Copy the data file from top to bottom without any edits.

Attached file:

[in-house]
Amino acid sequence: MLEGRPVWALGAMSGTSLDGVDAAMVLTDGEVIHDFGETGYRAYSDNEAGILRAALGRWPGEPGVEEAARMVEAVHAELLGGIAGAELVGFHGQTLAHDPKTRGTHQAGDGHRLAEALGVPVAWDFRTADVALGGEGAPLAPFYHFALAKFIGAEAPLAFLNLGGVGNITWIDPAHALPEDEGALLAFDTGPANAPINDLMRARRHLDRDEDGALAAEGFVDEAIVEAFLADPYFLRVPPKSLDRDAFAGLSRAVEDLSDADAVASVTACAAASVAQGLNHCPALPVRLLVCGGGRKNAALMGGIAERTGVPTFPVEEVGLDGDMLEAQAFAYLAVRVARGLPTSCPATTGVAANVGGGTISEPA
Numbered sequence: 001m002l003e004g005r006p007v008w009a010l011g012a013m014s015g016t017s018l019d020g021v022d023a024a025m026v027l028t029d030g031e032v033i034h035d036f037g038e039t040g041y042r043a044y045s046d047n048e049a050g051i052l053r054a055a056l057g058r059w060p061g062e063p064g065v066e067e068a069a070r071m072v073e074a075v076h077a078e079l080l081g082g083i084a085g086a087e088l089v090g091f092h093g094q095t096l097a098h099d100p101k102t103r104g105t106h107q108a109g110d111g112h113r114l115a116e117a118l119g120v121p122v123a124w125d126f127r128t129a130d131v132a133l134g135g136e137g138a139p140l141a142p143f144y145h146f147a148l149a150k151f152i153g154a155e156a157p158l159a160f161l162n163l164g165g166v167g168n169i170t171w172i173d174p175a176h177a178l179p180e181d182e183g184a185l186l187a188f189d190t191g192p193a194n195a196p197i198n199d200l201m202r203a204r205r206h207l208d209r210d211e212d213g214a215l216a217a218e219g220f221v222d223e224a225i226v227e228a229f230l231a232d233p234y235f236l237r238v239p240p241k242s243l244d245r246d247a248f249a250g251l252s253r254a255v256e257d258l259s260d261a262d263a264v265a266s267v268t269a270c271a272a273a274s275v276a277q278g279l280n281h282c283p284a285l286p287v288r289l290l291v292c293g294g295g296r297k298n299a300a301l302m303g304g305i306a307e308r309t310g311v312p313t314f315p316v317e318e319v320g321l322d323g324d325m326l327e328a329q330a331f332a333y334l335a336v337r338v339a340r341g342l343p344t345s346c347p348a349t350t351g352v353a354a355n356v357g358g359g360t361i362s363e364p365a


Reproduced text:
[in-house]
Amino acid sequence: MLEGRPVWALGAMSGTSLDGVDAAMVLTDGEVIHDFGETGYRAYSDNEAGILRAALGRWPGEPGVEEAARMVEAVHAELLGGIAGAELVGFHGQTLAHDPKTRGTHQAGDGHRLAEALGVPVAWDFRTADVALGGEGAPLAPFYHFALAKFIGAEAPLAFLNLGGVGNITWIDPAHALPEDEGALLAFDTGPANAPINDLMRARRHLDRDEDGALAAEGFVDEAIVEAFLADPYFLRVPPKSLDRDAFAGLSRAVEDLSDADAVASVTACAAASVAQGLNHCPALPVRLLVCGGGRKNAALMGGIAERTGVPTFPVEEVGLDGDMLEAQAFAYLAVRVARGLPTSCPATTGVAANVGGGTISEPA
Numbered sequence: 001m002l003e004g005r006p007v008w009a010l011g012a013m014s015g016t017s018l019d020g021v022d023a024a025m026v027l028t029d030g031e032v033i034h035d036f037g038e039t040g041y042r043a044y045s046d047n048e049a050g051i052l053r054a055a056l057g058r059w060p061g062e063p064g065v066e067e068a069a070r071m072v073e074a075v076h077a078e079l080l081g082g083i084a085g086a087e088l089v090g091f092h093g094q095t096l097a098h099d100p101k102t103r104g105t106h107q108a109g110d111g112h113r114l115a116e117a118l119g120v121p122v123a124w125d126f127r128t129a130d131v132a133l134g135g136e137g138a139p140l141a142p143f144y145h146f147a148l149a150k151f152i153g154a155e156a157p158l159a160f161l162n163l164g165g166v167g168n169i170t171w172i173d174p175a176h177a178l179p180e181d182e183g184a185l186l187a188f189d190t191g192p193a194n195a196p197i198n199d200l201m202r203a204r205r206h207l208d209r210d211e212d213g214a215l216a217a218e219g220f221v222d223e224a225i226v227e228a229f230l231a232d233p234y235f236l237r238v239p240p241k242s243l244d245r246d247a248f249a250g251l252s253r254a255v256e257d258l259s260d261a262d263a264v265a266s267v268t269a270c271a272a273a274s275v276a277q278g279l280n281h282c283p284a285l286p287v288r289l290l291v292c293g294g295g296r297k298n299a300a301l302m303g304g305i306a307e308r309t310g311v312p313t314f315p316v317e318e319v320g321l322d323g324d325m326l327e328a329q330a331f332a333y334l335a336v337r338v339a340r341g342l343p344t345s346c347p348a349t350t351g352v353a354a355n356v357g358g359g360t361i362s363e364p365a